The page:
In l980, I served as the Society’s regional superior in Central America, covering Guatemala, El Salvador, Honduras, and Costa Rica. I worked in New York from 1986-96, returning to Guatemala in 1996. I am still assigned to the Central America region; however, I am limited because of health issues and age.
A PANEL and A DYNAMIC:
Graduates of the Maryknoll School in Guatemala City—Committed To Love, Justice, and Peace
Helen Beatriz Mack Chang – Program Administrator
On September 11, 1990, my life did a 180-degree turn-around. My sister Myrna’s violent death obliged me to look for justice regarding Myrna’s assassination. Full of pain, anxiety, and uncertainty, I couldn’t remain calm and positive in the face of this atrocious situation. Searching for justice, I encountered many people who had also lost their loved ones in acts of institutional violence and were forced to live with this reality during the internal armed conflict in Guatemala.
What began for me as a personal and familial cause soon became a common cause, and we began to receive and give mutual support and help. In memory of Myrna, we established a foundation in her name, and I remain as a founding member to this day. For more than 25 years, my work has centered on justice, security, peace building, and human rights work.
Claudia Virgina Samayoa Pineda – Teacher, Philosopher, and Human Rights Defender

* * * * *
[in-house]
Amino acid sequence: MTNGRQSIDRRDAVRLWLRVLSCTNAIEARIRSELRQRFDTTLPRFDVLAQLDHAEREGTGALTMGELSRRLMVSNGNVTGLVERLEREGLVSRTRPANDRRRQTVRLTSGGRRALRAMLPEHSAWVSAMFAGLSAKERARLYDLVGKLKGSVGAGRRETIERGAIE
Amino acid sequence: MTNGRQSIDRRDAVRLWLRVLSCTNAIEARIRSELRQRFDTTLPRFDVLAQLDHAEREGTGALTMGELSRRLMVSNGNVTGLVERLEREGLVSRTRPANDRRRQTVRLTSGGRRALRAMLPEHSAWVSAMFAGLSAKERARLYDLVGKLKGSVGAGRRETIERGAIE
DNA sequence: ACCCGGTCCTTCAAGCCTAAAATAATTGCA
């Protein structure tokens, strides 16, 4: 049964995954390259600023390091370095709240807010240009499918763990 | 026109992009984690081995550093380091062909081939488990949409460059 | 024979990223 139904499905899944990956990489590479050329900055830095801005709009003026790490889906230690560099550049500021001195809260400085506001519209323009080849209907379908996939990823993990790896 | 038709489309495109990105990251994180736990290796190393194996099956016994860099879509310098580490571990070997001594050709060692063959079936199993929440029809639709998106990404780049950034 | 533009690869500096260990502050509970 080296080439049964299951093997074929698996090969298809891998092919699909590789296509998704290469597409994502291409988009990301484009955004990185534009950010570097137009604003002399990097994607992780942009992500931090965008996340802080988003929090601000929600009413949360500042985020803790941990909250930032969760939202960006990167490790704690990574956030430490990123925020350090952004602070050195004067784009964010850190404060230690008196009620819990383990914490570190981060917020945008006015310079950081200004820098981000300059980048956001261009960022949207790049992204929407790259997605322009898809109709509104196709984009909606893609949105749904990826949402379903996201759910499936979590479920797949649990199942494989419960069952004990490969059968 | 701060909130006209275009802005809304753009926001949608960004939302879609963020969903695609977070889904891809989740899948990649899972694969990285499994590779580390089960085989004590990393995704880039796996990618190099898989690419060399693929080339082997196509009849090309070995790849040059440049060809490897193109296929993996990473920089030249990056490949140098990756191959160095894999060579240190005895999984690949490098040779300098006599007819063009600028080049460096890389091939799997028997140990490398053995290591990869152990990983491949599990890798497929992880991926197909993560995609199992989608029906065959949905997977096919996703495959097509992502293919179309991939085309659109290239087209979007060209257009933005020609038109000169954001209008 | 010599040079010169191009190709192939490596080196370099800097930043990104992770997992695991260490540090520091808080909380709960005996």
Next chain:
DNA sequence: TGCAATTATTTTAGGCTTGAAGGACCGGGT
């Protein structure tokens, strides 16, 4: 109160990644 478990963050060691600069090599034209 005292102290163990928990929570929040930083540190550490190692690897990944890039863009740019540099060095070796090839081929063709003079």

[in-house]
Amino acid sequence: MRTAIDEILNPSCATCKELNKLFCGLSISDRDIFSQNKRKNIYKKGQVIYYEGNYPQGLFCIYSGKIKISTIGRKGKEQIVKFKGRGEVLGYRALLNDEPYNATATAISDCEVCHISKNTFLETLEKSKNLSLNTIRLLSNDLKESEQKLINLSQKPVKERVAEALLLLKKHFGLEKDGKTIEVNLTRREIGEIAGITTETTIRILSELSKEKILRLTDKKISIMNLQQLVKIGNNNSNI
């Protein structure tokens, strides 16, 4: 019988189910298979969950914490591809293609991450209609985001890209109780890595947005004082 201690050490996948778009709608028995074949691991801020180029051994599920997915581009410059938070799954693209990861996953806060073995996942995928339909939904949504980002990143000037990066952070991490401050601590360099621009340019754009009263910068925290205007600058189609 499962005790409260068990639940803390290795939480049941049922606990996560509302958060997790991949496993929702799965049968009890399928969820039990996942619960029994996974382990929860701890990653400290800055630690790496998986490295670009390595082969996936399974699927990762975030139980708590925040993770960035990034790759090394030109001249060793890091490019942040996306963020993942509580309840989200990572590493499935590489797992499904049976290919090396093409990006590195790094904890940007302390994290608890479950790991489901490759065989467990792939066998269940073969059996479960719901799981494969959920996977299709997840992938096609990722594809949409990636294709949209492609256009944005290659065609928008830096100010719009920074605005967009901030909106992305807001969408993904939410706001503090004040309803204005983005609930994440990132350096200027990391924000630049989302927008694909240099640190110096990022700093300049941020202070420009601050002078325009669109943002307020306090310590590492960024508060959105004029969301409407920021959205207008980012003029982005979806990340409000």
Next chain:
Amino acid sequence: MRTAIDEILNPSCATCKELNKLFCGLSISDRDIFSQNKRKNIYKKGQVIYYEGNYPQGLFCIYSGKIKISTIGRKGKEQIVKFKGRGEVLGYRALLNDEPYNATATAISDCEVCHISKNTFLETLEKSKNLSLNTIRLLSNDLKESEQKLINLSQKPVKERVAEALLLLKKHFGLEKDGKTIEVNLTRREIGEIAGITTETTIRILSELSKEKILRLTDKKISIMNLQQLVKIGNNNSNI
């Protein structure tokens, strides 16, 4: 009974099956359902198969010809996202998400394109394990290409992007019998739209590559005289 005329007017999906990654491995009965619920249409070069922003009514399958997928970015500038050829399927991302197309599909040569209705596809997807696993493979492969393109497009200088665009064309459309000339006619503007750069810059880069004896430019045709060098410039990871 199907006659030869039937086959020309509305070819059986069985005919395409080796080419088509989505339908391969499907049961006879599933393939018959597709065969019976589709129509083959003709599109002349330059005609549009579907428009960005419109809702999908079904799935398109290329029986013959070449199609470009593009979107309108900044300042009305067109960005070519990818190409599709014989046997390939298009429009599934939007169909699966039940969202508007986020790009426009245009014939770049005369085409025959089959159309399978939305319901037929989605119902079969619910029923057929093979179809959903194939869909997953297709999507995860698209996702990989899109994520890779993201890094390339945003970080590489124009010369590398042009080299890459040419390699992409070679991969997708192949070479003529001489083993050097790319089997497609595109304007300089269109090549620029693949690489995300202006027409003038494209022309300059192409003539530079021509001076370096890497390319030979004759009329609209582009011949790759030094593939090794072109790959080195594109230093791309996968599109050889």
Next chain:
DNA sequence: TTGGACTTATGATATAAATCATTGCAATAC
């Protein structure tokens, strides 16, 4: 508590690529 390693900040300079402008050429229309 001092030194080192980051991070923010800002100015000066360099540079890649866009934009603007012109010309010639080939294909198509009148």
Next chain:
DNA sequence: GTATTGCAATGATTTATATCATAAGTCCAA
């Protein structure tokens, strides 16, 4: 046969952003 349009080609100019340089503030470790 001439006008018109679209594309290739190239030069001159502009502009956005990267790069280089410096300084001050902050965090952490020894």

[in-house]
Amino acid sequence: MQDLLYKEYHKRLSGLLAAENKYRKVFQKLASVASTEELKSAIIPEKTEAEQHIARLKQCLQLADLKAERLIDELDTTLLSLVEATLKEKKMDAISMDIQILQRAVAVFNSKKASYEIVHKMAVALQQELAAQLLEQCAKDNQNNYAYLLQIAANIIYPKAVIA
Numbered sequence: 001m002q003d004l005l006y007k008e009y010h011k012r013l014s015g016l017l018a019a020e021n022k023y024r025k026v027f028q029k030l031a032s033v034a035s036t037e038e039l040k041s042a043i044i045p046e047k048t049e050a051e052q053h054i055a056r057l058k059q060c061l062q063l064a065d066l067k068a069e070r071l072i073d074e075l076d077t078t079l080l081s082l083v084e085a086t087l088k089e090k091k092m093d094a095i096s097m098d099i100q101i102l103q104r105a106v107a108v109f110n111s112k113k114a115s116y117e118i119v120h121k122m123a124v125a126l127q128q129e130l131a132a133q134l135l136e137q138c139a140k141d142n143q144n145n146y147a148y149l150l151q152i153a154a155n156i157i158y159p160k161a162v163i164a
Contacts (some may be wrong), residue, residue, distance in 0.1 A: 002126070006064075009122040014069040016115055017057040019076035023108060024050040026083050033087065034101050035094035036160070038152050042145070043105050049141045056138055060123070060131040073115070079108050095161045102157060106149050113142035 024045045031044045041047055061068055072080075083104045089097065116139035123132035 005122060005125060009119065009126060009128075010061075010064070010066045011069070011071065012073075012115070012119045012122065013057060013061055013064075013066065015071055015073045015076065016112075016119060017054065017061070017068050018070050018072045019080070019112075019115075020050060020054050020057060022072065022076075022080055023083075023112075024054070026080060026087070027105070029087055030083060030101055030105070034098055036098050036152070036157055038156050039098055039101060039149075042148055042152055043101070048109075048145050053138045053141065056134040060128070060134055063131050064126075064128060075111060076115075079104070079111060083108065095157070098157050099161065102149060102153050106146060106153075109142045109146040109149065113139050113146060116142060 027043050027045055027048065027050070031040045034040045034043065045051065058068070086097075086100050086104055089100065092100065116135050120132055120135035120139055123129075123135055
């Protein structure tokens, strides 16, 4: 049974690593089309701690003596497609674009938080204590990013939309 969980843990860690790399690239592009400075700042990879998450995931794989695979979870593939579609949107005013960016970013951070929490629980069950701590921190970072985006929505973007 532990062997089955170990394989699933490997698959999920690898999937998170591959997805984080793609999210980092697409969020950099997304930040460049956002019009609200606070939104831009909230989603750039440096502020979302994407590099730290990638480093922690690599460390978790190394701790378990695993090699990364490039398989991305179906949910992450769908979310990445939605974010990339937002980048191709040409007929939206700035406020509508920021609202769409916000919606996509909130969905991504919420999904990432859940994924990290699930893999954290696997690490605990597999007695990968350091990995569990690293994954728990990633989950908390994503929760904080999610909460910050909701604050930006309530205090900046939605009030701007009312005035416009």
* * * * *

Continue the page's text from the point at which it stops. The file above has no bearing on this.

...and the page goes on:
Human rights have always been part of my being. As a Catholic woman, even as a child, I had difficulty with the assumed Church dogma that only Christians would be saved. If God created us all equal with dignity, we should be recognized as equals and be respected.
In 1995, I began my work on human rights within civil society as part of the initiative for change in the construction of the peace process. I was moved by the injustices around me: racism, sexism, homophobia, egocentrism, mining company transgressions, and stripping of resources, etc.
Ana Lucía Ramazzini –Teacher and Sociologist
Perhaps symbolic of the roots in my heart, I was born between Lake Amatitlan and the Pacaya Volcano, around the time the 1976 earthquake shook us. In the late 70s, profound political repression was a prelude to genocide.
The cross-culturation of education, sociology, investigation, and feminism marks my story. My investigations on sexism, anthropocentric thinking, the patriarchal capitalistic neoliberalism models, and racism have supported the transformation. I have researched forced pregnancies in adolescents and sexuality and violence against children and women. Politically speaking, I define myself as a feminist.
Recently, I have worked in radio and art. I believe profoundly in the right to an education and the necessity to unlearn that which oppresses. My daily sharing with valiant women helps me to believe that a different world is possible.
Ana Cecilia Garcés De Marcilla Del Valle – Anthropologist
I am a Guatemalan woman, mother of two lively children and the partner of a human rights defender. My biggest passions are education and working with children and youth, especially with girls and adolescent women in their formation as community leaders.
My formation in Monte María College made me a disciplined and intentionally committed teacher. I owe my interest in social research and intercultural living to my anthropological studies at the University of San Carlos. I share the rich and diverse nature of Guatemala with young people during educational projects and research processes. I learn from my colleagues, activists, and researchers who work in education, women’s rights, and intercultural sharing.
Currently I am president and co-founder of EducaGuatemala, a civil association, and a specialist curriculum advisor with the Populations Council.